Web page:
Cigna (NYSE:CI) Has A Somewhat…

Some say volatility, rather than debt, is the best way to think about risk as an investor, but Warren Buffett famously said that ‘Volatility is far from synonymous with risk.’ So it seems the smart money knows that debt – which is usually involved in bankruptcies – is a very important factor, when you assess how risky a company is. As with many other companies Cigna Corporation (NYSE:CI) makes use of debt. But the more important question is: how much risk is that debt creating?

When Is Debt Dangerous?

Generally speaking, debt only becomes a real problem when a company can’t easily pay it off, either by raising capital or with its own cash flow. If things get really bad, the lenders can take control of the business. However, a more common (but still painful) scenario is that it has to raise new equity capital at a low price, thus permanently diluting shareholders. Of course, the upside of debt is that it often represents cheap capital, especially when it replaces dilution in a company with the ability to reinvest at high rates of return. The first thing to do when considering how much debt a business uses is to look at its cash and debt together.

What Is Cigna’s Net Debt?

You can click the graphic below for the historical numbers, but it shows that Cigna had US$34.3b of debt in September 2021, down from US$35.9b, one year before. However, because it has a cash reserve of US$4.82b, its net debt is less, at about US$29.4b.

debt-equity-history-analysisNYSE:CI Debt to Equity History December 26th 2021

How Strong Is Cigna’s Balance Sheet?

Zooming in on the latest balance sheet data, we can see that Cigna had liabilities of US$36.3b due within 12 months and liabilities of US$70.4b due beyond that. Offsetting this, it had US$4.82b in cash and US$16.3b in receivables that were due within 12 months. So its liabilities total US$85.7b more than the combination of its cash and short-term receivables.

Given this deficit is actually higher than the company’s massive market capitalization of US$74.9b, we think shareholders really should watch Cigna’s debt levels, like a parent watching their child ride a bike for the first time. Hypothetically, extremely heavy dilution would be required if the company were forced to pay down its liabilities by raising capital at the current share price.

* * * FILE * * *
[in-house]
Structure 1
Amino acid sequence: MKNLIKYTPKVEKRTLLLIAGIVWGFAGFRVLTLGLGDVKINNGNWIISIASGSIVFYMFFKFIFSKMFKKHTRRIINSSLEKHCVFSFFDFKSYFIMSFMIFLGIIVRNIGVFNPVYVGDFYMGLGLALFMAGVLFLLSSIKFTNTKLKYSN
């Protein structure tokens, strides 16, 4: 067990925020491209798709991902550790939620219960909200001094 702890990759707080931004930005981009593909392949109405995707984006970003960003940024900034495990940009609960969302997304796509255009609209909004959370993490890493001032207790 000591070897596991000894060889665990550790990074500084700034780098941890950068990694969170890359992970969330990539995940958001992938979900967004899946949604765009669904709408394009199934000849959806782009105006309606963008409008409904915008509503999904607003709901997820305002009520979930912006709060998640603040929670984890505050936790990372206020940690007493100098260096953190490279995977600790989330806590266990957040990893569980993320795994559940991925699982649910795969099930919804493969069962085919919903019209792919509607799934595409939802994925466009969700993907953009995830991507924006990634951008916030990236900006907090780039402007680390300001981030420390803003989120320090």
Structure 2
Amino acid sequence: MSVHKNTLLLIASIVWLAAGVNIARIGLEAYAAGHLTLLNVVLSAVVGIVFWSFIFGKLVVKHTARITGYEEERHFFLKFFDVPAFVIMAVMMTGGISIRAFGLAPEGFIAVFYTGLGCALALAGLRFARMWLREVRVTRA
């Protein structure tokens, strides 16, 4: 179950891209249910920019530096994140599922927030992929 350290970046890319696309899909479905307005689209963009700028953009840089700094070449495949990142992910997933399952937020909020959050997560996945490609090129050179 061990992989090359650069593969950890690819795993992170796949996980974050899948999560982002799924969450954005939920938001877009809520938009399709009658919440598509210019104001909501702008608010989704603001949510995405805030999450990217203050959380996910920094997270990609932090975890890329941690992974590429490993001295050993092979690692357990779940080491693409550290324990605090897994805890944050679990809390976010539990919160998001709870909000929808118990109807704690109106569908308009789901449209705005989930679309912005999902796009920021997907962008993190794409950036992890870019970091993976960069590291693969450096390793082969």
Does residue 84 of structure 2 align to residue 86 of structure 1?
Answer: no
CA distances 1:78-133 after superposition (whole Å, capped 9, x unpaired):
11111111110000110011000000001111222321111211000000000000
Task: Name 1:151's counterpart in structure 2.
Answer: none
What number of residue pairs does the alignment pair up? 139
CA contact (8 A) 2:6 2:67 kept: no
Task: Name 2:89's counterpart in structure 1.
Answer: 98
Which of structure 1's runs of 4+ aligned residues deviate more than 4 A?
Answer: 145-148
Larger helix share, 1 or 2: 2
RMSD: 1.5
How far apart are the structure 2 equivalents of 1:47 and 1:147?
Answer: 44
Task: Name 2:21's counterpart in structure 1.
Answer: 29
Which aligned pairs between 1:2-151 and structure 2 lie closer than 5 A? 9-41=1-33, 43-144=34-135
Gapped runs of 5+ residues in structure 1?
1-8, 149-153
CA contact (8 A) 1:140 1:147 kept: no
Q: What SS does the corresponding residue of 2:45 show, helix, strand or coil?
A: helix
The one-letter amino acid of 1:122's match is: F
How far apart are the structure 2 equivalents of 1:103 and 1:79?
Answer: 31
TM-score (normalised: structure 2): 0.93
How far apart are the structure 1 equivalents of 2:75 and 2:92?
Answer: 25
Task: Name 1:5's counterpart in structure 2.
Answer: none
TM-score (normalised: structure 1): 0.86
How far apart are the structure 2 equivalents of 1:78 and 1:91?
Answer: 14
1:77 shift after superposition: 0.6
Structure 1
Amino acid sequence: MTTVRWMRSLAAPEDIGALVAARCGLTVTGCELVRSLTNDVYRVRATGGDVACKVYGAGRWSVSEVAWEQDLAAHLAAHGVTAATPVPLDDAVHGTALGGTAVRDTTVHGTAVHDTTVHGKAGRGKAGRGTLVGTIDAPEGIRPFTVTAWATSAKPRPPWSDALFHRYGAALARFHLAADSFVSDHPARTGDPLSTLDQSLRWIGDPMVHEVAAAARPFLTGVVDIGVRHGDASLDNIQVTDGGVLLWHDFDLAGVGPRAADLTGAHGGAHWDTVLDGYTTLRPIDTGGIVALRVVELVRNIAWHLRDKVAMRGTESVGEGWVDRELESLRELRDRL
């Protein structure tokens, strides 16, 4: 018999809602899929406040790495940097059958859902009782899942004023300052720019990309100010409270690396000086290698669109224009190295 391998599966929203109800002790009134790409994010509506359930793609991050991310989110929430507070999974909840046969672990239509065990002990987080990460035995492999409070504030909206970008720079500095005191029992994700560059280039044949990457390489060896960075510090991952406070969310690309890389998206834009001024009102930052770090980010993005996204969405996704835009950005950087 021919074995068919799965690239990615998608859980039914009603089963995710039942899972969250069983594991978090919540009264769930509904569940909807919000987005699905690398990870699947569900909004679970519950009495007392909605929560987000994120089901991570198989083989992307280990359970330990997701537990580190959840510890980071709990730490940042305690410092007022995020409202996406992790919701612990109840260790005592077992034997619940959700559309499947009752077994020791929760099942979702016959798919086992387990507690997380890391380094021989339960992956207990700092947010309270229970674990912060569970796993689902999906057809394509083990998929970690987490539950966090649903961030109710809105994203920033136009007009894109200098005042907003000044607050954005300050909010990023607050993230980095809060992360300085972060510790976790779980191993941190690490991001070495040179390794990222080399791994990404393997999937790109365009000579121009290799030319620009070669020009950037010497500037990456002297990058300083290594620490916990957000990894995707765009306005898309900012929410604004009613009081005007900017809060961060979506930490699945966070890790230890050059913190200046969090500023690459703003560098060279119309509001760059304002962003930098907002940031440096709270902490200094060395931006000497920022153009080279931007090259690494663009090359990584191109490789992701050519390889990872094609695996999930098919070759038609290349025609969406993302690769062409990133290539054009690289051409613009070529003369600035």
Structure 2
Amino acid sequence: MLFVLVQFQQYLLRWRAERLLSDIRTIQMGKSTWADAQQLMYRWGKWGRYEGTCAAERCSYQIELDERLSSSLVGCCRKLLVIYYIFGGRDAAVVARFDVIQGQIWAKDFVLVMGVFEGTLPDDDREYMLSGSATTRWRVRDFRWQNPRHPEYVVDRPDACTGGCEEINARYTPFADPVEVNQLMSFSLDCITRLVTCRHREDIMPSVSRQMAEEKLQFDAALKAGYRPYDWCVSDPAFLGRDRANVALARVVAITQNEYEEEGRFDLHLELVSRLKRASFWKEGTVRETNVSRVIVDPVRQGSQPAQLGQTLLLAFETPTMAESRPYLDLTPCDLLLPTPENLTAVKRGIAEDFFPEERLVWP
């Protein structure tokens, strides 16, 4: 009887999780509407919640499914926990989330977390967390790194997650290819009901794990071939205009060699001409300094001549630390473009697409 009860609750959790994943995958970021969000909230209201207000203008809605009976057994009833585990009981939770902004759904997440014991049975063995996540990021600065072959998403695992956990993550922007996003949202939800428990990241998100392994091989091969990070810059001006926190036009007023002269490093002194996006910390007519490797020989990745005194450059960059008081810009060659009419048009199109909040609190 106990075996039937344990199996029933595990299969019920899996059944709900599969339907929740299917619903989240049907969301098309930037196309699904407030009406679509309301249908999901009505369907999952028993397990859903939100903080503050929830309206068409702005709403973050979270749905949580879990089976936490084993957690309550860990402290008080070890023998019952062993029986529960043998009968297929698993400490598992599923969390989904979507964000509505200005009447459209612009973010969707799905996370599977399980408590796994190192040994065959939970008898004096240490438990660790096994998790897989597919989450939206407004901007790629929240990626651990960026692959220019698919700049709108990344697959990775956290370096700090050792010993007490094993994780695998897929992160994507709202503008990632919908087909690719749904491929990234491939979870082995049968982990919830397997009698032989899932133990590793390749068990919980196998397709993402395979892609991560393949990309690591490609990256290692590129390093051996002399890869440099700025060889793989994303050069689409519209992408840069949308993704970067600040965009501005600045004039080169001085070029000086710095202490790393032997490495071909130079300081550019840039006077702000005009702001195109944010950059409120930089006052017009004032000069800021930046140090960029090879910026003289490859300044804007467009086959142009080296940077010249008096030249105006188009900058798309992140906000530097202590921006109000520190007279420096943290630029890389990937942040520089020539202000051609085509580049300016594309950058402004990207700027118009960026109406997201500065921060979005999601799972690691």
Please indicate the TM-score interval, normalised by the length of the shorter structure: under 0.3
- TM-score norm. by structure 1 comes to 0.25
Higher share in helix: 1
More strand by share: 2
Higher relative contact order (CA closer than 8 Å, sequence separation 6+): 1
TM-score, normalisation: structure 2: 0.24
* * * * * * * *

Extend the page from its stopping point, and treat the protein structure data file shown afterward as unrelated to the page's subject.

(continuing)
We use two main ratios to inform us about debt levels relative to earnings. The first is net debt divided by earnings before interest, tax, depreciation, and amortization (EBITDA), while the second is how many times its earnings before interest and tax (EBIT) covers its interest expense (or its interest cover, for short). The advantage of this approach is that we take into account both the absolute quantum of debt (with net debt to EBITDA) and the actual interest expenses associated with that debt (with its interest cover ratio).

Cigna’s debt is 2.9 times its EBITDA, and its EBIT cover its interest expense 6.9 times over. This suggests that while the debt levels are significant, we’d stop short of calling them problematic. Sadly, Cigna’s EBIT actually dropped 10.0% in the last year. If earnings continue on that decline then managing that debt will be difficult like delivering hot soup on a unicycle. When analysing debt levels, the balance sheet is the obvious place to start. But it is future earnings, more than anything, that will determine Cigna’s ability to maintain a healthy balance sheet going forward. So if you want to see what the professionals think, you might find this free report on analyst profit forecasts to be interesting.

Finally, while the tax-man may adore accounting profits, lenders only accept cold hard cash. So it’s worth checking how much of that EBIT is backed by free cash flow. Over the most recent three years, Cigna recorded free cash flow worth 77% of its EBIT, which is around normal, given free cash flow excludes interest and tax. This cold hard cash means it can reduce its debt when it wants to.

Our View

Cigna’s level of total liabilities and EBIT growth rate definitely weigh on it, in our esteem. But its conversion of EBIT to free cash flow tells a very different story, and suggests some resilience. We should also note that Healthcare industry companies like Cigna commonly do use debt without problems. Taking the abovementioned factors together we do think Cigna’s debt poses some risks to the business. So while that leverage does boost returns on equity, we wouldn’t really want to see it increase from here. There’s no doubt that we learn most about debt from the balance sheet. But ultimately, every company can contain risks that exist outside of the balance sheet. Case in point: We’ve spotted 2 warning signs for Cigna you should be aware of.

If you’re interested in investing in businesses that can grow profits without the burden of debt, then check out this free list of growing businesses that have net cash on the balance sheet.

Have feedback on this article? Concerned about the content? Get in touch with us directly. Alternatively, email editorial-team (at) simplywallst.com.

This article by Simply Wall St is general in nature. We provide commentary based on historical data and analyst forecasts only using an unbiased methodology and our articles are not intended to be financial advice. It does not constitute a recommendation to buy or sell any stock, and does not take account of your objectives, or your financial situation. We aim to bring you long-term focused analysis driven by fundamental data. Note that our analysis may not factor in the latest price-sensitive company announcements or qualitative material. Simply Wall St has no position in any stocks mentioned.

The views and opinions expressed herein are the views and opinions of the author and do not necessarily reflect those of Nasdaq, Inc.

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